UK museum discovers how to stop on-screen cheating in GoldenEye


GoldenEye 007 is a classic of the FPS genre, and anyone who remembers it knows very well about the ability to “cheat the screen” during multiplayer.

In the 1990s, video games were undergoing a shift, with technology enabling developers to create fully 3D environments and characters, and there were few as pertinent to this shift as GoldenEye 007 on the Nintendo 64. As one of the biggest movie franchises in history, James Bond is an adaptation to the gaming world, and the 1997 title was one of the most iconic. Many who fondly remember their days playing split-screen with their friends will also remember one aspect of this, the ability to trick the screen.

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Being able to see where each player is during a deathmatch was a burden in the early days of offline multiplayer experiences, where each player had a segment of the same TV dedicated to their character. However, a museum in the UK managed to solve this by making it possible to play Goldeneye 007 on the original console via four separate monitors.

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As part of its 25th anniversary celebrations, the Center For Computing History in Cambridge has managed to pull off this spectacular feat, which is apparently the first time players have been able to do so. As one of the best 3D games of the 90s, the N64’s release of GoldenEye was famous for its split-screen multiplayer, which allowed fans to take on the role of the soft-spoken spy, or one of many other characters and villains, and race wildly against each other. The problem here was that players could easily cheat by seeing where their opponents were, as they all shared the same TV.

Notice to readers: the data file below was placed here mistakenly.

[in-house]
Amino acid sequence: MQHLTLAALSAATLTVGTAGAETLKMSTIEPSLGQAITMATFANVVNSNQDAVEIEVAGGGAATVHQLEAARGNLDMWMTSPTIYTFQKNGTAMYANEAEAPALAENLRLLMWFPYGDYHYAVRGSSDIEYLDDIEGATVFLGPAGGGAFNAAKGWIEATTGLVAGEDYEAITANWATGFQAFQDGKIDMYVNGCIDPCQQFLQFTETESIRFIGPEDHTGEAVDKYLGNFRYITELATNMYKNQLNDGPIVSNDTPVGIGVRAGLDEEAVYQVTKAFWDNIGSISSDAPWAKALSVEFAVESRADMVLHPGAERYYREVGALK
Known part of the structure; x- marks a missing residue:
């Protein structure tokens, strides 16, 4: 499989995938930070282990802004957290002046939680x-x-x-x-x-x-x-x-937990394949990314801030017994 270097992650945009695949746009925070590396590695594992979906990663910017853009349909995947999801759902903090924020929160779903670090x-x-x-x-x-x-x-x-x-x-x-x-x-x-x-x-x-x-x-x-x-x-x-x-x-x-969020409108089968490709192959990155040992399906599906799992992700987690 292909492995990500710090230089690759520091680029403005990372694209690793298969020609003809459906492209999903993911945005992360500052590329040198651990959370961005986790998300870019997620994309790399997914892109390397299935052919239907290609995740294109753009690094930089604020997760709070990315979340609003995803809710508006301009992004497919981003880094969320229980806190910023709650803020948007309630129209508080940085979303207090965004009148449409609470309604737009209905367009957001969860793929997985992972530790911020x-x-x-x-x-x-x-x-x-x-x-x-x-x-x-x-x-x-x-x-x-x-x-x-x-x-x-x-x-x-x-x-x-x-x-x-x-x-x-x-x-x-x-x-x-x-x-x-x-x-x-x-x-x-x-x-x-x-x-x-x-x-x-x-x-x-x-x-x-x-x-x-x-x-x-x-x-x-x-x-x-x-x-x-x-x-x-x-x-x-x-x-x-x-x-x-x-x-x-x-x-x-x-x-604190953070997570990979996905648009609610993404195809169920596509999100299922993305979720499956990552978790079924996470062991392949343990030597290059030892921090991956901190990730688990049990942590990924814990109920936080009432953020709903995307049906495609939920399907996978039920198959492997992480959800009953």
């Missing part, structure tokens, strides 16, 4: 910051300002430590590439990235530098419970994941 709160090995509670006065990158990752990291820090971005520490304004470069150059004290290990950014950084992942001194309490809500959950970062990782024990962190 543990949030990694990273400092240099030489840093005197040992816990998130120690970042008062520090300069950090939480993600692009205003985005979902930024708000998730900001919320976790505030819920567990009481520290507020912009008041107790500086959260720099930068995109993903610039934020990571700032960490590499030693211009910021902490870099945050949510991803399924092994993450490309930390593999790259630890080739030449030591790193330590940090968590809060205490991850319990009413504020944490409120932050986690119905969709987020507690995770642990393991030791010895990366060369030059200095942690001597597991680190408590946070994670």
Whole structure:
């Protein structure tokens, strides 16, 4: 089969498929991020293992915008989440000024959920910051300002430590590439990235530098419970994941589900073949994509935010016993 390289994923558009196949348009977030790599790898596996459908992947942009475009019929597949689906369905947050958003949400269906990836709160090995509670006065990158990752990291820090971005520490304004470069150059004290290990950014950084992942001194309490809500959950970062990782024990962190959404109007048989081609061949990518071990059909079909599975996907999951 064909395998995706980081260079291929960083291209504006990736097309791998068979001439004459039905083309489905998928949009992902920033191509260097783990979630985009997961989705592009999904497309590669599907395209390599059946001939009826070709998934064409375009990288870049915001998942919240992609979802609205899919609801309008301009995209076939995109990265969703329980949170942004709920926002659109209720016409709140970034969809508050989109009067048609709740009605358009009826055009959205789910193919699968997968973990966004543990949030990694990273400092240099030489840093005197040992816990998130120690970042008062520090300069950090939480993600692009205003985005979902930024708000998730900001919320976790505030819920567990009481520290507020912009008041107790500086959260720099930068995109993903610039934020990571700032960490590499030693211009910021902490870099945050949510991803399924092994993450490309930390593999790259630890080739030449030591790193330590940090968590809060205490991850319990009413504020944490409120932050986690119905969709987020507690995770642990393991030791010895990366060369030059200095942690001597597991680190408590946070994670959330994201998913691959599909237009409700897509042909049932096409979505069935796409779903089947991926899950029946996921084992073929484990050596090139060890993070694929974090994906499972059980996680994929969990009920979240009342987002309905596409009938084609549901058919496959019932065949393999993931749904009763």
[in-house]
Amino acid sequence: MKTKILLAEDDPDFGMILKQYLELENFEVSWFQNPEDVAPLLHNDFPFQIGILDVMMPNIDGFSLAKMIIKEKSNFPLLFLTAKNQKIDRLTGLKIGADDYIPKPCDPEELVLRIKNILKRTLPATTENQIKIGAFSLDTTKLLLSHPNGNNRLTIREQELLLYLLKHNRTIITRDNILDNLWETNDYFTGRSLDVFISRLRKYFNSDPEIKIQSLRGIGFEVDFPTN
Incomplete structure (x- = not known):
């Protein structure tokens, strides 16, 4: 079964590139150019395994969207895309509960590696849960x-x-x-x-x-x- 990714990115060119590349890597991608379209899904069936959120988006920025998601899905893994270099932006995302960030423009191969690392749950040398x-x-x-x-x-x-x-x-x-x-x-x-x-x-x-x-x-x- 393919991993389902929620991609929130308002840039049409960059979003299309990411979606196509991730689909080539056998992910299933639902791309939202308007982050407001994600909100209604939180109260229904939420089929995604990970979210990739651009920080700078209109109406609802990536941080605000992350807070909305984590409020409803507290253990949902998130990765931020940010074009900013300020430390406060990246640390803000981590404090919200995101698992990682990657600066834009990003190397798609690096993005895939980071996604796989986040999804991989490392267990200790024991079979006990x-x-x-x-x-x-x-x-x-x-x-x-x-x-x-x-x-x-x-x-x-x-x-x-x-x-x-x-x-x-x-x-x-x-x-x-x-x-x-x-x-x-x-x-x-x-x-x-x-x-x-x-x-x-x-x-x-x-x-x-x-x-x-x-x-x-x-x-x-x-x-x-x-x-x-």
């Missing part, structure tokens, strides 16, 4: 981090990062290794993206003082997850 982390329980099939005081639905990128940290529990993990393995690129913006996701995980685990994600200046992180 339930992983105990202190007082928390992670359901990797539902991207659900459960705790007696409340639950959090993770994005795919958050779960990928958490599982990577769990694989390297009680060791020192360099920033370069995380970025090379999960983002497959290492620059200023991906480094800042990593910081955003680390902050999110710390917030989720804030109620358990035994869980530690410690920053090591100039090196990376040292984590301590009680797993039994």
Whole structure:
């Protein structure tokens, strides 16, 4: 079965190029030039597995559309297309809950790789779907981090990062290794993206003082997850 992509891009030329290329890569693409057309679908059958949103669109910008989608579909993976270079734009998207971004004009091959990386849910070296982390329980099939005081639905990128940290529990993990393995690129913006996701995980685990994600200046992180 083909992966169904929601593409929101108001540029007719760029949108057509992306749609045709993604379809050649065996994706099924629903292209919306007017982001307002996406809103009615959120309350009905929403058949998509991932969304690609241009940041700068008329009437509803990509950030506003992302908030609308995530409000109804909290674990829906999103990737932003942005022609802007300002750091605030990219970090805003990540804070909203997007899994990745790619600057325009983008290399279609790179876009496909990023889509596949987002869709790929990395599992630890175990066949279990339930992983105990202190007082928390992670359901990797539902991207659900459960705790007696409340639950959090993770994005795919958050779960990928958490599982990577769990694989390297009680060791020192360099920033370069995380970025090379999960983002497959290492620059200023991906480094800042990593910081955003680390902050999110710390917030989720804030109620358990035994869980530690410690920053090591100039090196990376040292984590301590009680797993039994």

A video on Twitter shows that they were able to use Nintendo’s classic console, which runs the game through the system but displays it on four monitors. There are some tweaks that need to take place before a match can start, as the overall picture is stretched across all screens, but the result means four people can get acquainted with multiplayer without being able to easily see their opponent’s whereabouts.

In this modern era of gaming, this idea is absolutely guaranteed, especially since most matches take place online and on separate systems, often in different countries. However, this innovative and influential FPS game continues to inspire others that came after it, and in this bygone era when the only way to play with friends was to share the same screen, the idea of ​​playing GoldenEye 007 on a separate TV has been two and a half decades in the making.


GoldenEye 007 was released in 1997 for the Nintendo 64.

MORE: List of James Bond Games Levels

Source: PCGamer, Center For Computing History


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